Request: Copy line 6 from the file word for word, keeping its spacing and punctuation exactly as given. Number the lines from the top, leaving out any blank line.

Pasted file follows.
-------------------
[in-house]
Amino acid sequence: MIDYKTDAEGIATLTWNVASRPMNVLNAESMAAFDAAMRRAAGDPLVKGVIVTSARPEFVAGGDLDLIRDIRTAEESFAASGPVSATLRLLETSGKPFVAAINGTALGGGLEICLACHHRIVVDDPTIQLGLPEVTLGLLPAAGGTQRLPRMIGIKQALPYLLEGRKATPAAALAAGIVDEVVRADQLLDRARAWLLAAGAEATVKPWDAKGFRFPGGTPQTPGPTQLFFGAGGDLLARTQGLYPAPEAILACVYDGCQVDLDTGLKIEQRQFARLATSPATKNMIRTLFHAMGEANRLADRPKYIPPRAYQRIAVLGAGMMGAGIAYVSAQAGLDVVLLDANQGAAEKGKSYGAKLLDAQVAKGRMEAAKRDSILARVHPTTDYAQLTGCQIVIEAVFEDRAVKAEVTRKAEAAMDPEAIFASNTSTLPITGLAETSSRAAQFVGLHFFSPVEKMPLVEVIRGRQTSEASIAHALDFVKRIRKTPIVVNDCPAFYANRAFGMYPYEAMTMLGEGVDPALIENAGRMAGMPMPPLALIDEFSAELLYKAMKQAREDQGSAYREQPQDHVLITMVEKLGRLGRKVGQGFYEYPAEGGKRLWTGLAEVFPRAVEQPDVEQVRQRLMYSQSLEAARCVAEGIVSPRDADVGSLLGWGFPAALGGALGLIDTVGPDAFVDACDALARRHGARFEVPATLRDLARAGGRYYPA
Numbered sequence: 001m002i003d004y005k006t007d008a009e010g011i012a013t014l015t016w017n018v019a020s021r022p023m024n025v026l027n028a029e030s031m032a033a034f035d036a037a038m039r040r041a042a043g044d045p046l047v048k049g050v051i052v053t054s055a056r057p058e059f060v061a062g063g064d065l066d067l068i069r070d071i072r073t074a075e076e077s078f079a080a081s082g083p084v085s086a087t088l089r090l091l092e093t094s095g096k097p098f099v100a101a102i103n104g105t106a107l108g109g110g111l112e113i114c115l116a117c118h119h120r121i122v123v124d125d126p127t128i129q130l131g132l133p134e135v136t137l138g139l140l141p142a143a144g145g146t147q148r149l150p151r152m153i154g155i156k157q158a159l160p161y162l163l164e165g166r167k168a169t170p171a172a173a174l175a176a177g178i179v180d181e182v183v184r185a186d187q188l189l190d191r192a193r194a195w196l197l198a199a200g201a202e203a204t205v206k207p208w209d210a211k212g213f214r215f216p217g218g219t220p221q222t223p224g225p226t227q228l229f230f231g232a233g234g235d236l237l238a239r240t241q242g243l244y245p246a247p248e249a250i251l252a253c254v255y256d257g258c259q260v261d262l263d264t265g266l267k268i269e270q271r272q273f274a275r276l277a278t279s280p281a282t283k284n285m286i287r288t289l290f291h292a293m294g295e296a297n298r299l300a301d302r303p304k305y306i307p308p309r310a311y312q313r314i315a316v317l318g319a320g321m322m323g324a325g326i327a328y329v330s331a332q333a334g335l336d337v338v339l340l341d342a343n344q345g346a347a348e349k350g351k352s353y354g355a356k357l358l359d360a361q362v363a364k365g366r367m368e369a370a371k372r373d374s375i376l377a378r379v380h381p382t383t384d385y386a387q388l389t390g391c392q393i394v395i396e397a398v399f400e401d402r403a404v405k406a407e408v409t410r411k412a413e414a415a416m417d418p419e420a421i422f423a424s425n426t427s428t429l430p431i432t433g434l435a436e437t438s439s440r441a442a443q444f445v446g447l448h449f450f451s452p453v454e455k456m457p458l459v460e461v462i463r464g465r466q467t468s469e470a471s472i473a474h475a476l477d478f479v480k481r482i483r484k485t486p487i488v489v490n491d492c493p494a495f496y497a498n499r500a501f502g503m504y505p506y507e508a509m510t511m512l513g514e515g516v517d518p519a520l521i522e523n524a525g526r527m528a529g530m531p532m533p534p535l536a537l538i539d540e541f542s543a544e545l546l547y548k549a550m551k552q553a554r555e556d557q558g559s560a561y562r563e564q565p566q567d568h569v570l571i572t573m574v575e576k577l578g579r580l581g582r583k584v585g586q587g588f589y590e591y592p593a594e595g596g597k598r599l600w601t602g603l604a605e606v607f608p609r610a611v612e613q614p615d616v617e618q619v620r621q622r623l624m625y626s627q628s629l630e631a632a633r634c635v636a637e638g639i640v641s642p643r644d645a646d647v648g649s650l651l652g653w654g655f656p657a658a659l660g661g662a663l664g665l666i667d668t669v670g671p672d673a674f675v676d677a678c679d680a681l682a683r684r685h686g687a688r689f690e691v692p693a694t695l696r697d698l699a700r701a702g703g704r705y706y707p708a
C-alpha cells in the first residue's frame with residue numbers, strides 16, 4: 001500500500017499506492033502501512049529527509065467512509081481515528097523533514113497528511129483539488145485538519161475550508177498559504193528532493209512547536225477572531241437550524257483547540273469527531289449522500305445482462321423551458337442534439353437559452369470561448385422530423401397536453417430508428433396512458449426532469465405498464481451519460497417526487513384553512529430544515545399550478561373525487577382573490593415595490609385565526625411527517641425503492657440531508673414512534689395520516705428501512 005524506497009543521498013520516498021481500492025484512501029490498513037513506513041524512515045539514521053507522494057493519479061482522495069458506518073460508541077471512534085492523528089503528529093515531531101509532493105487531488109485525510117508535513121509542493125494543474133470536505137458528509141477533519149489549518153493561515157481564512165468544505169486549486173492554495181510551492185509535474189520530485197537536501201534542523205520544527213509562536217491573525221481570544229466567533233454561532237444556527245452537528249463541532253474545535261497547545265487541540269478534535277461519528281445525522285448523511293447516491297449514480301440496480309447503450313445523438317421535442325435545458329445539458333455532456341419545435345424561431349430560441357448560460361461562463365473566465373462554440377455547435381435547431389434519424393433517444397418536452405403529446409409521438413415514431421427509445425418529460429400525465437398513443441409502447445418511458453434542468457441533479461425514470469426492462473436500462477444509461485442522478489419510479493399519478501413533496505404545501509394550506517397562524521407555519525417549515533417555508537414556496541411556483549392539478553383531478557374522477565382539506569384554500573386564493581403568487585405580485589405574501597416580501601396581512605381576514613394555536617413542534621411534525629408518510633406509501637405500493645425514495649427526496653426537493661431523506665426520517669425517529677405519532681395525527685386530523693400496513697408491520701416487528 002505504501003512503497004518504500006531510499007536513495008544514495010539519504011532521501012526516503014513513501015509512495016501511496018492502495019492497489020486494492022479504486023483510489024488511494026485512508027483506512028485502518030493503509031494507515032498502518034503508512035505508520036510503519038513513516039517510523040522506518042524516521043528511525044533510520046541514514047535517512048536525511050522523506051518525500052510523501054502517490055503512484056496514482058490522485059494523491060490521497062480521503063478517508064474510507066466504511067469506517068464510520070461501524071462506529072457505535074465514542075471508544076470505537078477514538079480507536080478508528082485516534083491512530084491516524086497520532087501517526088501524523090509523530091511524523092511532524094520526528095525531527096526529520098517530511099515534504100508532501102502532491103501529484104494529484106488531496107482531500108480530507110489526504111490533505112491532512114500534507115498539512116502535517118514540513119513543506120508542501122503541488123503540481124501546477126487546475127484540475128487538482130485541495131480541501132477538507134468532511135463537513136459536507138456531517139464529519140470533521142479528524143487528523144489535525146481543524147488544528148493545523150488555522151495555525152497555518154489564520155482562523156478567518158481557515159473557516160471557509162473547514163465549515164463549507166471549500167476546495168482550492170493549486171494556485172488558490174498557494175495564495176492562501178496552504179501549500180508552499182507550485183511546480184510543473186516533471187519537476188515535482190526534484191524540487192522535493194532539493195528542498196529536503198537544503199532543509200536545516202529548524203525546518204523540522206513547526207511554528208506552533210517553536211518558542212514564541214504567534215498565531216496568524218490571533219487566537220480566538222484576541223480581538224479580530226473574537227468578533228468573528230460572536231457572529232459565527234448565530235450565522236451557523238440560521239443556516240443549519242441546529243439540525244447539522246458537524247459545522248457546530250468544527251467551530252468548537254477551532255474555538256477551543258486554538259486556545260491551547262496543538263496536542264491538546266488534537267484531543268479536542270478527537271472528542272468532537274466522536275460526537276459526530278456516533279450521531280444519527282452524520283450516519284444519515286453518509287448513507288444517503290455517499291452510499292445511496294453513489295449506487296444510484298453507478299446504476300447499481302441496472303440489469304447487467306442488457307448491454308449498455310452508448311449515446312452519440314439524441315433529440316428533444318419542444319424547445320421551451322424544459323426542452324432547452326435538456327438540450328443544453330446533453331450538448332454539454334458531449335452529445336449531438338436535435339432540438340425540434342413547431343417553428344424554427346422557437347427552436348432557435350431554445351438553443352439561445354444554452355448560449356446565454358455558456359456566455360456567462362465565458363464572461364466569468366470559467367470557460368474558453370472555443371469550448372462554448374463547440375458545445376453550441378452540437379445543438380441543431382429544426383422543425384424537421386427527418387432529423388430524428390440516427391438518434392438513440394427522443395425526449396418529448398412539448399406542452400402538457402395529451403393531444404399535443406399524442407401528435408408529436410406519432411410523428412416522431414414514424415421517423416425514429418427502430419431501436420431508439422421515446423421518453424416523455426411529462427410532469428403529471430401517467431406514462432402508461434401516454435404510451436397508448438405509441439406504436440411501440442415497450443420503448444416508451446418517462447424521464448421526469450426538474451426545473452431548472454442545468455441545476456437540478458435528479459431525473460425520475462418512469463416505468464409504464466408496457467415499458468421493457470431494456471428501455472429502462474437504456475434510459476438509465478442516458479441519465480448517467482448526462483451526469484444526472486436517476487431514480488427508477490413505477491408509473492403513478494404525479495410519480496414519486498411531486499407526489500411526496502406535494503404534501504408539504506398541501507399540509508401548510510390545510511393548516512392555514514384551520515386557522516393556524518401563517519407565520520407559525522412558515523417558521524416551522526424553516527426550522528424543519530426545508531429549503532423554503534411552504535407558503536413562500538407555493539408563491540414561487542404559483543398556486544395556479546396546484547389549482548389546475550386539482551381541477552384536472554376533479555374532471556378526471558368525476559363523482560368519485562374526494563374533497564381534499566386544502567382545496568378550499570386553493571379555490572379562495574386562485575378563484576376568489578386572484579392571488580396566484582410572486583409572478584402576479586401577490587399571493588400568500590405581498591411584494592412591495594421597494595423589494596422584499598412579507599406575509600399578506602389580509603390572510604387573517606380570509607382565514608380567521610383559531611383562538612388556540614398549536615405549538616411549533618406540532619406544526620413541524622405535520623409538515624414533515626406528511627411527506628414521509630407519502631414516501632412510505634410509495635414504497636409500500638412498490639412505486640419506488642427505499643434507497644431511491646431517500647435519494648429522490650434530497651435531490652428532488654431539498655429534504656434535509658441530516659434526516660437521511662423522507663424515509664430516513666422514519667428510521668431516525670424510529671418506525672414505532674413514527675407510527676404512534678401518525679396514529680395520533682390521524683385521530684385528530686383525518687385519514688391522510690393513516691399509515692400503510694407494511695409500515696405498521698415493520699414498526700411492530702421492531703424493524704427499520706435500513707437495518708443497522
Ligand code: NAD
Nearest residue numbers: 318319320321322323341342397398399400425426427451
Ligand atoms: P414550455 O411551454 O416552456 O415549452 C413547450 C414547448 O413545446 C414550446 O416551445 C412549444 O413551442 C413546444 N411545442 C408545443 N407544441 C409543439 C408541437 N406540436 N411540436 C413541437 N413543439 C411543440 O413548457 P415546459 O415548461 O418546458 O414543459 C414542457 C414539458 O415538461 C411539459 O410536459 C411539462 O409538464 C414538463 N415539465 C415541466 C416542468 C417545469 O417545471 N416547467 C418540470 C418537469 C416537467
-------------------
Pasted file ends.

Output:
Nearest residue numbers: 318319320321322323341342397398399400425426427451